A photographer explores the beauty and mystery of marshes.
Marshes: The Disappearing Edens
By William Burt
Yale University Press, 192 pages, $35
An excerpt from William Burt’s introduction:
"It’s true, the marshes are invaluable resources, as the biologists remind us: they filter and clean water, contain floods, provide a nursery for fish and shellfish, waterfowl, and countless other kinds of wildlife, including nearly one-third of all threatened and endangered plants and animals. So yes, the marshes are invaluable: to us, never mind the creatures that actually live in them.
But for me, the appeal has never had much to do with such utilitarian adult concerns. I’ve always been drawn to marshes because they are such mysterious concealing places with this lure of the forbidden and the out-of-bounds, like the prohibited frontier beyond a little boy’s backyard. And I’ve been drawn to them because they are so full of birds: they were the hidden treasures that first lured me, and after many years still do. No other acreage I know so artfully conceals so many different birds—and strange, elusive, tantalizing birds, such as the prowling rails and bitterns, gallinules, furtive wrens and sparrows, dashing blackbirds, and a whole circus of aquatic kinds that honk and hoot and quack and splash and dabble, dive, and sink like submarines. But again, it’s not just the birds that pose the lure. It’s atmosphere; it’s that pervading secrecy, and hiding. You can hear the voices easily enough—the songs and chorus, the jibber-jabber and the blurts and cheeps and squawks—but you cannot see the characters, except by shady glimpses and chance meetings, and you can only wonder at what goes on among the chinks and shadows . . .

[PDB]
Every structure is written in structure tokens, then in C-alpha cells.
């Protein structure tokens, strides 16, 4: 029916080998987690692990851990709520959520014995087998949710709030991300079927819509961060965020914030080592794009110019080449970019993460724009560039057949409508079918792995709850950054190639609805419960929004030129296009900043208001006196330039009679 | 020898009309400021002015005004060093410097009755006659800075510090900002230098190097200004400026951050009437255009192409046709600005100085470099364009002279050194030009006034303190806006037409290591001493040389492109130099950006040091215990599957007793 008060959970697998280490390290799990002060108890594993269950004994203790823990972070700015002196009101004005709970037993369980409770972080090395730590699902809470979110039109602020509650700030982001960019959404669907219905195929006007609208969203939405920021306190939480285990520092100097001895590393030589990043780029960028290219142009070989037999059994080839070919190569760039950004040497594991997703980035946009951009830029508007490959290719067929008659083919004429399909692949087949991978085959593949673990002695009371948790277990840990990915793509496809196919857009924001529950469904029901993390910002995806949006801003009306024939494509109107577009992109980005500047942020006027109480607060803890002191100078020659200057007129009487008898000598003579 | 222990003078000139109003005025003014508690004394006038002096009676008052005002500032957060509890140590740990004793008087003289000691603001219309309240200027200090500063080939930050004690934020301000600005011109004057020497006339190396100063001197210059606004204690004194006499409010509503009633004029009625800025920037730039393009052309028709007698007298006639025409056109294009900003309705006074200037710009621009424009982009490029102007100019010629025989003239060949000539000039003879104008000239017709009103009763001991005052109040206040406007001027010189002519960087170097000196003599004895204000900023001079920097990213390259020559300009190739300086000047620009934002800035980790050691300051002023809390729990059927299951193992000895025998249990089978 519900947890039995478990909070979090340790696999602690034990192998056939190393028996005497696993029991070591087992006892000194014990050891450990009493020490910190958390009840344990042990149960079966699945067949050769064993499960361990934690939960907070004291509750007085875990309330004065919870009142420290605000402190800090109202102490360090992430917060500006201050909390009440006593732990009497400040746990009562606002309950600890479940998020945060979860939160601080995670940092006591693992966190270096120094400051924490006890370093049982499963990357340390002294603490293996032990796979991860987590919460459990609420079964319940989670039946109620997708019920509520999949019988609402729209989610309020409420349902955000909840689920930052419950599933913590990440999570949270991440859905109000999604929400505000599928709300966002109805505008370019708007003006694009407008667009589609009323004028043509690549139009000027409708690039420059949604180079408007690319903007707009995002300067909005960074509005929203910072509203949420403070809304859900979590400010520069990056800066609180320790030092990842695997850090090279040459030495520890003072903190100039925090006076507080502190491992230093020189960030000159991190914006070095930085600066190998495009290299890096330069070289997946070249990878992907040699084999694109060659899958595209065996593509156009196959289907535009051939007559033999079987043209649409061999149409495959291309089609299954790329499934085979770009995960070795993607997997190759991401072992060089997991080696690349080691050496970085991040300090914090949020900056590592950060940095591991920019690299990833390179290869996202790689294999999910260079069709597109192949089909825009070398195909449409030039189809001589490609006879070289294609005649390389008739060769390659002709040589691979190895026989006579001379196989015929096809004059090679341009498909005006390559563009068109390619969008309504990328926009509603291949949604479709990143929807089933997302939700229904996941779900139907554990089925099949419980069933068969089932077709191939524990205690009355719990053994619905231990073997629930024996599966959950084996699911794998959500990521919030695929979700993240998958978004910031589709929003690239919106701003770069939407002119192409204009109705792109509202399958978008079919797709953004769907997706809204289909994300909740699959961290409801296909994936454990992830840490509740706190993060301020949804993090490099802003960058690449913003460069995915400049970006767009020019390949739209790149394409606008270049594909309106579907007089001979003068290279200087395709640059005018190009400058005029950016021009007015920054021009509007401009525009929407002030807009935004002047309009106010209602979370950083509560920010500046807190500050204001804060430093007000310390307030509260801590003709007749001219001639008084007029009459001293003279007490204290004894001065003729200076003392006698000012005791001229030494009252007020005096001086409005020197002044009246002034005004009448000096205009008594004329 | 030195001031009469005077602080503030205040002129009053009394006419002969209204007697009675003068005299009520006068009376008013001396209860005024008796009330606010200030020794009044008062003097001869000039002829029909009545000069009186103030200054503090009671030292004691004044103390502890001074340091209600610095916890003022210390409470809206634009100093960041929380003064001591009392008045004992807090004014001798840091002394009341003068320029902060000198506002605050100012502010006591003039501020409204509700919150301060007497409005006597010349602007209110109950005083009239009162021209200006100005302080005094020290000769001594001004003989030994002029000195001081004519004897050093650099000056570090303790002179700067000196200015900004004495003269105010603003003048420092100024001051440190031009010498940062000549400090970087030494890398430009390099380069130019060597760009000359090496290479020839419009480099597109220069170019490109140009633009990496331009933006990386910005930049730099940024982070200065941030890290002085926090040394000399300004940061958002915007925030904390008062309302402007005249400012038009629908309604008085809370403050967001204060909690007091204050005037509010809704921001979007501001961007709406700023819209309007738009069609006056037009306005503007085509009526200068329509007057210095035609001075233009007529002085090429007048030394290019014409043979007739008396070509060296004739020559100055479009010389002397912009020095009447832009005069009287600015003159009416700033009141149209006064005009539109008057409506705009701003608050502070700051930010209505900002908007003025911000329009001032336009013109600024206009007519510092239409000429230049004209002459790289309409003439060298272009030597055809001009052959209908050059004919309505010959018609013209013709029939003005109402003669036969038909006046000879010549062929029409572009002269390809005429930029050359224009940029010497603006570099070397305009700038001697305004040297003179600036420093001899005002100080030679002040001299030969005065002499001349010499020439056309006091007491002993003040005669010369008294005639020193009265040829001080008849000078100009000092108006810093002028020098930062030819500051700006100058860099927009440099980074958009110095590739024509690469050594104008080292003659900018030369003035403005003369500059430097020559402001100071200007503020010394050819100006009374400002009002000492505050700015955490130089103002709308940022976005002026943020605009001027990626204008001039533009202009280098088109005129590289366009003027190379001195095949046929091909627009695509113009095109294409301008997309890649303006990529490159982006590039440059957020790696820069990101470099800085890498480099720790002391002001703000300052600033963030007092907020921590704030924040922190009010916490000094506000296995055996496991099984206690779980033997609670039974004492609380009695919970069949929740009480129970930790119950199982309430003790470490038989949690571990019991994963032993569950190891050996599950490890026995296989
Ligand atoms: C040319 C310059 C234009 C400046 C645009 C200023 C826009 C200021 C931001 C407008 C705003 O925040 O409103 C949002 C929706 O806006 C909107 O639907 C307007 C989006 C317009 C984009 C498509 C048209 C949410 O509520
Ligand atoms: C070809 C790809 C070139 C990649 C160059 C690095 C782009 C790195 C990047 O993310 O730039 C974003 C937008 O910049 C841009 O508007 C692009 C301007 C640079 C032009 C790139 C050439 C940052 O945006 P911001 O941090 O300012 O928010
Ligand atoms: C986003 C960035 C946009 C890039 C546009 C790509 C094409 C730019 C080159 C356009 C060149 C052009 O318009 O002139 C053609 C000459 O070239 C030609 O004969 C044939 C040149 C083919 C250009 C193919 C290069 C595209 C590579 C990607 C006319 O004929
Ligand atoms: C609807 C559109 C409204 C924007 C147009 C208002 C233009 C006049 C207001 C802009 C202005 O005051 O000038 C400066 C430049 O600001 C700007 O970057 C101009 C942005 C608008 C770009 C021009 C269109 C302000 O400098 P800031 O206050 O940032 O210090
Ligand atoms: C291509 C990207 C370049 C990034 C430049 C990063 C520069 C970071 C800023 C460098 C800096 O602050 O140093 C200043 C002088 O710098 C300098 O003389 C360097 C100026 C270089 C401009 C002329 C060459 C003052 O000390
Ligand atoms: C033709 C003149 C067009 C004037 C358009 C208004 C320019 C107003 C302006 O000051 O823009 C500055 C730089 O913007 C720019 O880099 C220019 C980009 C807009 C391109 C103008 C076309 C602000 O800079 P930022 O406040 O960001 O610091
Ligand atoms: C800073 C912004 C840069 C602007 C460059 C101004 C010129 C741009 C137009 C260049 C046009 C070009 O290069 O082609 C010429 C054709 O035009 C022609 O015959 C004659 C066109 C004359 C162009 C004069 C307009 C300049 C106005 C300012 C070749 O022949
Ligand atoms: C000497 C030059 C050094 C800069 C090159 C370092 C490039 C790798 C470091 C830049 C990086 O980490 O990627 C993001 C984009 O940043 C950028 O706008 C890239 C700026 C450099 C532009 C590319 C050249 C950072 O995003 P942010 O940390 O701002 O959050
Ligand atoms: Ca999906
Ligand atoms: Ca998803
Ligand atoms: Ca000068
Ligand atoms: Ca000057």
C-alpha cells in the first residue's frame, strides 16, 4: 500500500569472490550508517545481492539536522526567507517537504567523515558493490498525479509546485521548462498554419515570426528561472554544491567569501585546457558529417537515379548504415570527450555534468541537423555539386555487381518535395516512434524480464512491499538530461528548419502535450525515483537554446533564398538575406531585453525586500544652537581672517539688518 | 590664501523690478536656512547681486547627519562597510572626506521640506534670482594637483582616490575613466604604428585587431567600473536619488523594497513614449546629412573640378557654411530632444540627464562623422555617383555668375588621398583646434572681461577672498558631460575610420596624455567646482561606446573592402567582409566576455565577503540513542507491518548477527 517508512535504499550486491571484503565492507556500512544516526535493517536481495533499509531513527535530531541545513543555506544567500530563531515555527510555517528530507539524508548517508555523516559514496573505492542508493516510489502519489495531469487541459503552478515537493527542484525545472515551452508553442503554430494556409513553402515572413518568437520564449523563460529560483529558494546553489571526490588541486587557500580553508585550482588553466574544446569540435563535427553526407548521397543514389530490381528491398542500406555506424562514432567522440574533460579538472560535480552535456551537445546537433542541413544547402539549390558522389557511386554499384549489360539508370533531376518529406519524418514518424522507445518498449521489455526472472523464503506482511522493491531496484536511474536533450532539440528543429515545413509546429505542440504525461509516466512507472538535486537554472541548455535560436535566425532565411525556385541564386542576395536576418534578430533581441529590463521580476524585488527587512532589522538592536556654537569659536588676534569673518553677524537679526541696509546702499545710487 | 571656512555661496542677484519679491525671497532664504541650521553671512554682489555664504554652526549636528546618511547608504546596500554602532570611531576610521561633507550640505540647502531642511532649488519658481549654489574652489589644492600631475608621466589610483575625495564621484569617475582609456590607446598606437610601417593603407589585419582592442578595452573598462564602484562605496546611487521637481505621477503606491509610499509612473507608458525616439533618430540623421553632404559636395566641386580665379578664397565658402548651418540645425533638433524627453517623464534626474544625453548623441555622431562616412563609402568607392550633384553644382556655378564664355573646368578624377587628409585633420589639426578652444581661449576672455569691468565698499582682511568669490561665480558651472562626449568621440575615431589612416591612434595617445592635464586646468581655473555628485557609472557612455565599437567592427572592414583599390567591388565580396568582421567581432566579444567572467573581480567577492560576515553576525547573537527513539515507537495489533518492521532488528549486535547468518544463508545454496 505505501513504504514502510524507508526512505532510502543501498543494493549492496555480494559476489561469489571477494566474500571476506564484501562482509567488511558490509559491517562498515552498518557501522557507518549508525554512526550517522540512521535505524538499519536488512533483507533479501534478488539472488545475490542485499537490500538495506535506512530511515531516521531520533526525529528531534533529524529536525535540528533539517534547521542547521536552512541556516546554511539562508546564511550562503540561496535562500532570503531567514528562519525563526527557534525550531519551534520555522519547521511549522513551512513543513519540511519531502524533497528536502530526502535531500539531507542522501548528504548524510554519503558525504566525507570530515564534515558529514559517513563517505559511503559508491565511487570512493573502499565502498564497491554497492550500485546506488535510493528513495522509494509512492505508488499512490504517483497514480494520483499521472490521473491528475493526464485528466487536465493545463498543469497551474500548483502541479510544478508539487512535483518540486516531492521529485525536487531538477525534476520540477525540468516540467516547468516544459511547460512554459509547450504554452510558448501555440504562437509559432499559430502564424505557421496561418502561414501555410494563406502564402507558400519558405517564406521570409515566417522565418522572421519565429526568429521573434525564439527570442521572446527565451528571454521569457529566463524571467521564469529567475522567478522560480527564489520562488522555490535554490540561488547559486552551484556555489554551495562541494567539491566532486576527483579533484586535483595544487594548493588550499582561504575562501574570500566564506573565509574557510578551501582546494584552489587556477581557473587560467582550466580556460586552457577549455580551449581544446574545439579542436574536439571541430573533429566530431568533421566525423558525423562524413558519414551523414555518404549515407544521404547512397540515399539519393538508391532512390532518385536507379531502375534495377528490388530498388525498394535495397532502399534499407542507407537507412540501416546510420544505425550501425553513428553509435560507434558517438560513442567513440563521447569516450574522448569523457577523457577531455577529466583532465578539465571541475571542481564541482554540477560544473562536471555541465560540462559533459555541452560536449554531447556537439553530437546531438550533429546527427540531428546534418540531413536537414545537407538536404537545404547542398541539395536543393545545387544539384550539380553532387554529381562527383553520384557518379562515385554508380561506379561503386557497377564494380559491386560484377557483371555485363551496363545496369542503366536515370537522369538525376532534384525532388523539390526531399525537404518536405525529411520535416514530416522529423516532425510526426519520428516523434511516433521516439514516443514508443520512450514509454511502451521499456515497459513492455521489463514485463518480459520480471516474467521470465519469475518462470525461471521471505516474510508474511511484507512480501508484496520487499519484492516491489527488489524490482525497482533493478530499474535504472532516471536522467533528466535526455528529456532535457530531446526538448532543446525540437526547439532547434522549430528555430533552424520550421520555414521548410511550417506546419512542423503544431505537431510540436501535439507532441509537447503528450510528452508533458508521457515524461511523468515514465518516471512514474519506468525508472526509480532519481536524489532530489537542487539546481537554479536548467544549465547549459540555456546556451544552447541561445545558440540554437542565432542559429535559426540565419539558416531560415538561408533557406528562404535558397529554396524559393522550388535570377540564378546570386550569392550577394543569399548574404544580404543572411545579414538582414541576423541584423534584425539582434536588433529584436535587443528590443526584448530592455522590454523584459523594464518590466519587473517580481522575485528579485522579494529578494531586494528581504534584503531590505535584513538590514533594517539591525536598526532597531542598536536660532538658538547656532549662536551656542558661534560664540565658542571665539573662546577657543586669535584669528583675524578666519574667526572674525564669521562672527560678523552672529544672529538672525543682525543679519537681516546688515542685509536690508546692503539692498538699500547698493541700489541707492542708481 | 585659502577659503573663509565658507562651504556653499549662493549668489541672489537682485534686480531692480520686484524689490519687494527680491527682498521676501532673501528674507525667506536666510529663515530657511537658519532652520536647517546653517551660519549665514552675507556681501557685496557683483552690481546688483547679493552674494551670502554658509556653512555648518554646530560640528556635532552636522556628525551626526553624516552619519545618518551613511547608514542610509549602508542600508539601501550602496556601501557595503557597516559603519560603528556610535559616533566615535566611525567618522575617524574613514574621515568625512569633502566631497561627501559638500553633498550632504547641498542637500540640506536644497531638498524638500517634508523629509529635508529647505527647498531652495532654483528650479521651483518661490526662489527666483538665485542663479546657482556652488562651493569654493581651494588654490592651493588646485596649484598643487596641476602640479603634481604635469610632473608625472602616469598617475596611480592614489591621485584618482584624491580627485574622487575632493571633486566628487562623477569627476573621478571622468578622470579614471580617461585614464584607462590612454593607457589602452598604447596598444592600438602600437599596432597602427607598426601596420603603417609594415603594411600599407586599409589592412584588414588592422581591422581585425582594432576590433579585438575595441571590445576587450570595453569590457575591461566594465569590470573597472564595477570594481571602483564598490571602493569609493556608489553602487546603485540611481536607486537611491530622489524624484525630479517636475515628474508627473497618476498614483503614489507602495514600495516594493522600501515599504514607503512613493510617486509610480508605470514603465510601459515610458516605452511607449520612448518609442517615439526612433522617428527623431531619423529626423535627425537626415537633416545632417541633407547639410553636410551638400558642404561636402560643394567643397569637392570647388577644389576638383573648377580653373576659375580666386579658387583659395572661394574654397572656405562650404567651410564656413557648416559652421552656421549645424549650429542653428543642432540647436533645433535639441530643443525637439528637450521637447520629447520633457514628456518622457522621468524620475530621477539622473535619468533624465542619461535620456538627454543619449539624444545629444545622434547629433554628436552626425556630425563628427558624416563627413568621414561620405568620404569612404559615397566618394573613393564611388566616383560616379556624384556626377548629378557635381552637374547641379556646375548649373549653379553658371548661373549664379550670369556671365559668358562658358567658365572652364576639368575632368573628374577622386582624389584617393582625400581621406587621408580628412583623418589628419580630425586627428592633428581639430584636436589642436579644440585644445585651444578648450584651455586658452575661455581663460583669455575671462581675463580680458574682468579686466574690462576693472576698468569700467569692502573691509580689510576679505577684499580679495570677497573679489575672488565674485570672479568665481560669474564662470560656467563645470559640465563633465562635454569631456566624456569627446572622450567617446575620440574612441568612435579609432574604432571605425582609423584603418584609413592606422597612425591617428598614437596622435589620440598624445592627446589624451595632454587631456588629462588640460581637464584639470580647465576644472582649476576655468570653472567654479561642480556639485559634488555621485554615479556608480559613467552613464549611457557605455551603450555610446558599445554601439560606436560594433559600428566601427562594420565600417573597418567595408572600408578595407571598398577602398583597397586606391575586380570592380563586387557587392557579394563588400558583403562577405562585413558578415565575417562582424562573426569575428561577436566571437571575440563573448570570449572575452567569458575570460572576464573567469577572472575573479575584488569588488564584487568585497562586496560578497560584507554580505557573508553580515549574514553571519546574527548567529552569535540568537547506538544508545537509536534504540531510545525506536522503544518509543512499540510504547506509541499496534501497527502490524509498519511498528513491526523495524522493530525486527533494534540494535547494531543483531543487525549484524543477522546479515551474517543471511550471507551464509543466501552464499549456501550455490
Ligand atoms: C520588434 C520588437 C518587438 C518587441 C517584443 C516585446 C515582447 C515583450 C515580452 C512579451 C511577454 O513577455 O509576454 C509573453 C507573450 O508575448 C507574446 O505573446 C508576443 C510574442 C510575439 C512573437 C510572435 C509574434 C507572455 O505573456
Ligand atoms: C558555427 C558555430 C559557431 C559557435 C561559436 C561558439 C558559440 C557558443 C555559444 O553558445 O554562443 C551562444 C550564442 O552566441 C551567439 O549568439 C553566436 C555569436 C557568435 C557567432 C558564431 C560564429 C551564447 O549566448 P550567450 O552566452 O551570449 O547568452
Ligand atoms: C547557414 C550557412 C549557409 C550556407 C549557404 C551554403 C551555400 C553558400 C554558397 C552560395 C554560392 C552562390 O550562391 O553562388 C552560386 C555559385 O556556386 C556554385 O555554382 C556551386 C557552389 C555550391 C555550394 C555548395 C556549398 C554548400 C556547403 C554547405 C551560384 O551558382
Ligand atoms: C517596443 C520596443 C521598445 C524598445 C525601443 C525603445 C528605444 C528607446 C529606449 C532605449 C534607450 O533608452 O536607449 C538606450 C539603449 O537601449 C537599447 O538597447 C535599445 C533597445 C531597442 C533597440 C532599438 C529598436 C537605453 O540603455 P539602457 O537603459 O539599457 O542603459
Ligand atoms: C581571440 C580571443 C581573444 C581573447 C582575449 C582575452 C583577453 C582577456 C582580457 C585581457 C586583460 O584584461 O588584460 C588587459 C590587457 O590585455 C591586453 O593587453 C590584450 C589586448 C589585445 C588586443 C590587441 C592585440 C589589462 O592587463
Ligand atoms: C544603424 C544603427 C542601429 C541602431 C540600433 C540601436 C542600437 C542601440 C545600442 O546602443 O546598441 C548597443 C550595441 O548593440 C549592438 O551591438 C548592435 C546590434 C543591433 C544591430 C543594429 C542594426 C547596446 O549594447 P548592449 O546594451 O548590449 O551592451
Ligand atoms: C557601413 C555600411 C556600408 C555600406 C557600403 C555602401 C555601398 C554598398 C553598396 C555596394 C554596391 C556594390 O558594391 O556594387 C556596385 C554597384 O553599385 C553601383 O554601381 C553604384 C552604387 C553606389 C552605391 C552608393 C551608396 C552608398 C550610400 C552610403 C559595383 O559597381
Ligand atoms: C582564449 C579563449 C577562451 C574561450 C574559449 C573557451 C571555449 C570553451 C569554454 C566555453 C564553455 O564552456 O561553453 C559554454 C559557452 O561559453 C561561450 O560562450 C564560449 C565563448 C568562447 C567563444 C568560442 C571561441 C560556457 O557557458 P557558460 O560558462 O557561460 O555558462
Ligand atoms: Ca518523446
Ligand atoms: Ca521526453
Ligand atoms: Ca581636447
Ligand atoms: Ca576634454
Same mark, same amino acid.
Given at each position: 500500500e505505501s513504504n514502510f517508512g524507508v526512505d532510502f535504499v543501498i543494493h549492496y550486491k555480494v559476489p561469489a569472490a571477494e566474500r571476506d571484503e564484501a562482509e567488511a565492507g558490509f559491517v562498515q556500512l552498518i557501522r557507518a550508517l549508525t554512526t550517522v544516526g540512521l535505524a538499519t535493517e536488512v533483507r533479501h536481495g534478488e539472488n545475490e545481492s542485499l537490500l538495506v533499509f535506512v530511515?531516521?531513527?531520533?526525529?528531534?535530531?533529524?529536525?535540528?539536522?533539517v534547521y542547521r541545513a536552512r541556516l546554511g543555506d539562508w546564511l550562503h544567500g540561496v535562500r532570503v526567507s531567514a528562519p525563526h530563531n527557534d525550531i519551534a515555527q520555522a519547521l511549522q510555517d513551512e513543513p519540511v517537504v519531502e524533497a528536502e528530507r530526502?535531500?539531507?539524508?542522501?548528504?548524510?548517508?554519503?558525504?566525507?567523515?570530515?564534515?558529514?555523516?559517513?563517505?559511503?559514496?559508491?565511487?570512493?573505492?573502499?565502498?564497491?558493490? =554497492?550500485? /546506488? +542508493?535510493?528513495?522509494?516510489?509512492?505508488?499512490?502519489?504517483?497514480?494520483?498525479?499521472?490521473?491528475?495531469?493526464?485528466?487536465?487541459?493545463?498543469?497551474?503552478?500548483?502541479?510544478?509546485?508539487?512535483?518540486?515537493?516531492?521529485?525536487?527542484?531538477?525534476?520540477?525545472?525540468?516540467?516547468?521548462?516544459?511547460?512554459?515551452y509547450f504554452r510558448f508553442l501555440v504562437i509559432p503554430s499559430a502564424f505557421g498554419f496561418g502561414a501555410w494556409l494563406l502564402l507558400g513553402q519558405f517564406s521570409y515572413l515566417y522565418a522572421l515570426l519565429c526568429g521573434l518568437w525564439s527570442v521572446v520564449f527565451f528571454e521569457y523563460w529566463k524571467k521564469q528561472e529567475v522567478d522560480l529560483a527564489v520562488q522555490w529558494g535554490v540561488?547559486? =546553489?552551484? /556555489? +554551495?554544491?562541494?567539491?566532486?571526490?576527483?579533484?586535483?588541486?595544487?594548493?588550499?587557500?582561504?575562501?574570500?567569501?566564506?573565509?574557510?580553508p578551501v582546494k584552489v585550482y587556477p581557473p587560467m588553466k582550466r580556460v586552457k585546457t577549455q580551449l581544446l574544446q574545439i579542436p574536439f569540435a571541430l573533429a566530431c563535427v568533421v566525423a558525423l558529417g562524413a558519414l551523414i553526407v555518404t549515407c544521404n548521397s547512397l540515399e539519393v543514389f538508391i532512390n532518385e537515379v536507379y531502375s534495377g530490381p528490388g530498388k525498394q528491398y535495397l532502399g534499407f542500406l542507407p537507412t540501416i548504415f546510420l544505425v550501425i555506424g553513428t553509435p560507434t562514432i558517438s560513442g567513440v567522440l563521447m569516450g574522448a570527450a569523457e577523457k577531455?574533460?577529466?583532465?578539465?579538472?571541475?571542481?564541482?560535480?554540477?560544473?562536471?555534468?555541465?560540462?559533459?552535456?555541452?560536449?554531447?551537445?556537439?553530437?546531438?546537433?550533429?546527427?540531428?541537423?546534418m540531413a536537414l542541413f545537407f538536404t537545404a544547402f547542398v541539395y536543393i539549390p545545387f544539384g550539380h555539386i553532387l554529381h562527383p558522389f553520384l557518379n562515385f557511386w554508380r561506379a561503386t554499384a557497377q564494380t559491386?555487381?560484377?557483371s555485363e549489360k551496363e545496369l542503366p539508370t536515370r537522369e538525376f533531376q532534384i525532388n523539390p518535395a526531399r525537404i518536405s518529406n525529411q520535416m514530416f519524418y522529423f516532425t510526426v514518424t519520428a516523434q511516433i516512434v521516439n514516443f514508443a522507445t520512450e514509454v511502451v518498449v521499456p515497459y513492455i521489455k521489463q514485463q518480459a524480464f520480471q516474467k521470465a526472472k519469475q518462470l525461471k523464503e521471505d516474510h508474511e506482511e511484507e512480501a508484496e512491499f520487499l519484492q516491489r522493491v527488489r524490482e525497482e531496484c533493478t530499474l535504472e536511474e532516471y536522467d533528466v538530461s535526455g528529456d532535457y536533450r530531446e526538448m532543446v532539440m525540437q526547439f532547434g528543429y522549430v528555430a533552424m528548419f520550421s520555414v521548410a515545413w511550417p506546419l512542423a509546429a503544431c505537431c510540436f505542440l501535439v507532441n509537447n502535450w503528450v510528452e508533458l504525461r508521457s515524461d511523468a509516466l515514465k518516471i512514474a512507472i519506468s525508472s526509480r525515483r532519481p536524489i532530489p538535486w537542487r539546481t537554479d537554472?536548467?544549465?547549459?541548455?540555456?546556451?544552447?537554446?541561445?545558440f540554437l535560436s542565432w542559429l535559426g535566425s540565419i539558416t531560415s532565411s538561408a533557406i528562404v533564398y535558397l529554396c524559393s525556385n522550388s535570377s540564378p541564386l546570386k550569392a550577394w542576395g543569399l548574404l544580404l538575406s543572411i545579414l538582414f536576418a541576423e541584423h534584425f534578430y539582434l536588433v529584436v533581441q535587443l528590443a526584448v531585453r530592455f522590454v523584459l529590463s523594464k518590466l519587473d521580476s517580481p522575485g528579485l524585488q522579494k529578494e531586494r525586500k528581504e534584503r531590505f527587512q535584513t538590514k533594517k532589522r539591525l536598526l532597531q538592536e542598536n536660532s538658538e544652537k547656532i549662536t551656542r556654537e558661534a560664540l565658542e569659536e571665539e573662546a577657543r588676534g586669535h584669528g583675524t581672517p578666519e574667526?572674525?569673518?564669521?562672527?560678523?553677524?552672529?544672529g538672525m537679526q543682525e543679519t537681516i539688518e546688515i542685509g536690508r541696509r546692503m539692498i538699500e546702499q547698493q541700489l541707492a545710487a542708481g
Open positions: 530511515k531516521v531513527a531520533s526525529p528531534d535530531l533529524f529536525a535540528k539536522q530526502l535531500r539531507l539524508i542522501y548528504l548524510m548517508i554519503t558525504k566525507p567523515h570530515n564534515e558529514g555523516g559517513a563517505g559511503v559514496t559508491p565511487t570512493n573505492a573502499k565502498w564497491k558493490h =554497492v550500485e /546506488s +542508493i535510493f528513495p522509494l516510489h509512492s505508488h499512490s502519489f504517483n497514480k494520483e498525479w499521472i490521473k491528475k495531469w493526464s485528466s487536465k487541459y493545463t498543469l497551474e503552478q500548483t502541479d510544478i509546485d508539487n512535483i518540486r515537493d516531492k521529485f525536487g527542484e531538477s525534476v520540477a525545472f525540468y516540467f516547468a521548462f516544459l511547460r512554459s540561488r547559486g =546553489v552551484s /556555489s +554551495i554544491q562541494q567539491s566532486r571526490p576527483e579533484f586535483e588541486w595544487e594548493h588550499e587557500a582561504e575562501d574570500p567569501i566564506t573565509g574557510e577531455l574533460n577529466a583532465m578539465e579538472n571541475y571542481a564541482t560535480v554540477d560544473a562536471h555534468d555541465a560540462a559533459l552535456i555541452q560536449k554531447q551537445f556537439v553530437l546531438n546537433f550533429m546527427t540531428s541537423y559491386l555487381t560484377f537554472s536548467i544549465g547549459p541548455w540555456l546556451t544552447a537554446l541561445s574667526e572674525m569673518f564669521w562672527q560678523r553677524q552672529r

. . . Alas, despite their acknowledged value our marshes have been ditched, drained, dumped in, and bulldozed over with such efficiency in recent decades that more than half of all original acreage has been lost—and the loss continues, at a rate of three hundred thousand acres per year. It’s happened everywhere in North America, in degrees ranging from decimation to complete annihilation. In some states—Ohio, Iowa, and California, to recognize the most industrious examples—more than 90 percent of all original wetlands have been erased, in deference to the seeming need for more marinas, shopping malls and racetracks, and every last possible arable acre for agriculture. And marshes face another peril now, as if any more were needed: invasive plants. In the Northeast, two scourges in particular are snuffing out vast tracts of our remaining marsh: purple loosestrife, the pretty femme fatale of inland fresh marshes; and phragmites, the tall plumed reed now overtaking much of our last tidal river marshland.
But so much for elegy and doom. Some wild marshes still remain, and they hold many riches, still. . . ”
Burt’s original marsh photographs can be seen in his traveling exhibition, "Marshes: The Disappearing Edens." For more information and the exhibition schedule, click here. To order the book, click here.
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